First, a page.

Greatest Bollywood Soundtracks – Part I

Comments
Posted on May 12th, 2009 in Features, Music

Since the beginning of time music has been a crucial element of Indian Cinema. Bollywood without music is akin to fish out of water, day without light and body without soul. From heart-warming love duets to tear jerking melancholy tunes, from foot-tapping dance tracks to sexy item numbers, the Indian Music Industry runs parallel to its silver-screen counterpart, each lost without the other. Just imagine. Dilwale Dhulaniya Le Jayenge without ‘Tujhe Dekha To Yeh Jaana Sanam’, Sholay without its sexy ‘Mehbooba’ and the ultimate tragedy…a silent train chugging along devoid of A R Rahman’s ‘Chaiyya’.

So, keeping that in mind, BollySpice celebrates Bollywood music with a melodious, rocking, classical and orchestral collection of Bollwood’s greatest albums, right through from the dawn of Bollywood to the current evolutionary era of the 21st century. But like they say all good things come in small packages so this week we unfold the prestigious list of albums that stole our hearts away in the 50s, 60s and 70s!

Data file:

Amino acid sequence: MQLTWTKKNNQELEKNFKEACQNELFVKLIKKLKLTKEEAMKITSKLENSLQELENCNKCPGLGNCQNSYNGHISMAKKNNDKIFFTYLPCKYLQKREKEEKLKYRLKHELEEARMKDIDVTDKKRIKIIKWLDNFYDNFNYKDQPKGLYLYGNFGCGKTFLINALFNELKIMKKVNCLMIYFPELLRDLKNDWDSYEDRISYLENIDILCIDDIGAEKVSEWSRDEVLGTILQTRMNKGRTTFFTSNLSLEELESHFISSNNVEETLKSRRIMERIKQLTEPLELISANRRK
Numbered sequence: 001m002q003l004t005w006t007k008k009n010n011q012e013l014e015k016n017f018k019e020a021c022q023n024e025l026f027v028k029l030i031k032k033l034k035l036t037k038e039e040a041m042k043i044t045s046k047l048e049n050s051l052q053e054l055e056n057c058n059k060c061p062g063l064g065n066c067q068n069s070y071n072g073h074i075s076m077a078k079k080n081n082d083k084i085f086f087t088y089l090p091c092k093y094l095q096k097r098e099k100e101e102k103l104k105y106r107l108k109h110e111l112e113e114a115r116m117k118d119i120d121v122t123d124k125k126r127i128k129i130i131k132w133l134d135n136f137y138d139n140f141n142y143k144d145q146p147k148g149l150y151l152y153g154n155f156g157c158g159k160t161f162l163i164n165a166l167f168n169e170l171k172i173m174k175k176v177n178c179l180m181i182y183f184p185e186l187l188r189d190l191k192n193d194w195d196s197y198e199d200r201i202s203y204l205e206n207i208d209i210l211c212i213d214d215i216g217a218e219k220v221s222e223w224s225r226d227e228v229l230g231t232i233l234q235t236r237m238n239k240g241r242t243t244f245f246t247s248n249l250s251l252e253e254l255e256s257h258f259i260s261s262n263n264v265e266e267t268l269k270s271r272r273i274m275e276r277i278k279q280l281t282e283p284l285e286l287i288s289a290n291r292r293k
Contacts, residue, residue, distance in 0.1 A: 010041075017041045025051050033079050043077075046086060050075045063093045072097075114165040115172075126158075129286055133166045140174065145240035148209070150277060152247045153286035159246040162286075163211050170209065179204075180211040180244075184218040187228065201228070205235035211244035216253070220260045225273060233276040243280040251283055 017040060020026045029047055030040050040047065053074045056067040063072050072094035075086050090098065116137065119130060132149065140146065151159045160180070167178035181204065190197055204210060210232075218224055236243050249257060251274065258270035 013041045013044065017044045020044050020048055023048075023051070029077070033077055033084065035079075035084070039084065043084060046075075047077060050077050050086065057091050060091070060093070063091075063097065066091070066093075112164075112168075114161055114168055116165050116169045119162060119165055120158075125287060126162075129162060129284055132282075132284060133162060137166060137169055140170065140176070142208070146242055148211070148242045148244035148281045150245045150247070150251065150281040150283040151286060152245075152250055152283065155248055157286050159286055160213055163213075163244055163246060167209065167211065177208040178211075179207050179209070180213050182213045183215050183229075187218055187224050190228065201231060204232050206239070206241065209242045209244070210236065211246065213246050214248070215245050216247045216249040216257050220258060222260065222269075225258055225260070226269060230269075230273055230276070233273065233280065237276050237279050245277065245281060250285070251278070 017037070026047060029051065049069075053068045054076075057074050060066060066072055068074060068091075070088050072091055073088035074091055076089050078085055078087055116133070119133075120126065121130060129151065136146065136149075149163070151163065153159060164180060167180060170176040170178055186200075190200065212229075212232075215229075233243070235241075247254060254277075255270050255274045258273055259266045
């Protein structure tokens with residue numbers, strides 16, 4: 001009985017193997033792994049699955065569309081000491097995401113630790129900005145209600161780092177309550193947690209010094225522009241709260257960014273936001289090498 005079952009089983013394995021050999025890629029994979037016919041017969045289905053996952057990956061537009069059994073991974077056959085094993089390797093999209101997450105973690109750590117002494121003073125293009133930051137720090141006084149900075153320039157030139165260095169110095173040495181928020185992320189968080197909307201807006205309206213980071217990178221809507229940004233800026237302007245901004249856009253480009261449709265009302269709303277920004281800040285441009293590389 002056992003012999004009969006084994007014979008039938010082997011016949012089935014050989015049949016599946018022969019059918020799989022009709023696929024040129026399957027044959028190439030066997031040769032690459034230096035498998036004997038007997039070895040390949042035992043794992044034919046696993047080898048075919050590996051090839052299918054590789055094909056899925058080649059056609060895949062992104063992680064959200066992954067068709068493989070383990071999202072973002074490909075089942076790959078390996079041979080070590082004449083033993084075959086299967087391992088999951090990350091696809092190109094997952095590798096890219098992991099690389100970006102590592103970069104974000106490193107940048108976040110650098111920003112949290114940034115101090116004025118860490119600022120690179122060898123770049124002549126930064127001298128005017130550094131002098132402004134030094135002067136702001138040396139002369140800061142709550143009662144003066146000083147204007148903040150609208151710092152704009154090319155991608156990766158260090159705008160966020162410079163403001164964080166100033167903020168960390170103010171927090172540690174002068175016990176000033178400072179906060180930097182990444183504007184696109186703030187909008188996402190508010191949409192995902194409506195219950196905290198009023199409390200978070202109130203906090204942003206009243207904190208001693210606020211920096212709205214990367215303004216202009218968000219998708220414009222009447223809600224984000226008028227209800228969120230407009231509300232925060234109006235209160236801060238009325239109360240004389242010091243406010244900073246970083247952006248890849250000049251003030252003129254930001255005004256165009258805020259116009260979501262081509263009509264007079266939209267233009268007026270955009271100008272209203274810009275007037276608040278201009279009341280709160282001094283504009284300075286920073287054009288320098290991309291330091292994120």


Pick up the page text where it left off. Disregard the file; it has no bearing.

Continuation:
1950s

1. Shree 420 (1955)

The winning pair of Shankar-Jaikishan and Raj Kapoor gave Indian Cinema its most outstanding soundtrack til date, Shree 420. ‘Pyar Hua Ikraar Hua’ became the King of romantic duets with the simple yet heart-warming lyrics. The way Manna Dey and Lata Mangeshkar’s vocals lovingly intertwine is almost magical. ‘Mera Joota Hai Japani’ can easily be regarded as a second anthem for India while ‘Icak Dana Bincak Dana’ and ‘Ramiya Vastavaiya’ have been immortalised as some of the best compositions of Bollywood. The same can be said for ‘Mud Mud Ke Na Dekh’ and ‘O Janewale’ which make Shree 420 a classic amongst classics.

2. Barsaat

Barsaat saw the debut of maestros Shankar-Jaikishen and was the launch pad for Lata Mangeshkar. One wonders whether these debutants knew that they were changing the face of Indian Music forever. There are absolutely no words to describe ‘Hawa Mein Udta Jaye’. Over the years, composers have tried to create another lal dupatta but none have even come close to Lata’s lal dupatta. Watch out for the incredible introductions Shankar-Jaikishan provide for each of the tracks, especially ‘Mujhe Kisi Se Pyaar Ho Gaya’, ‘Patli Kamar Hai’ and ‘Chhodd Gaye Balam’. Then there are the unforgettable ‘Jiya Bekaraar Hai’ and ‘Barsaat Mein Hum Se Mile Tum’. Despite being a debutante Lata got the opportunity to sing seven solo songs in Barsaat and not only did she pass with flying colours but she also immortalised every single track.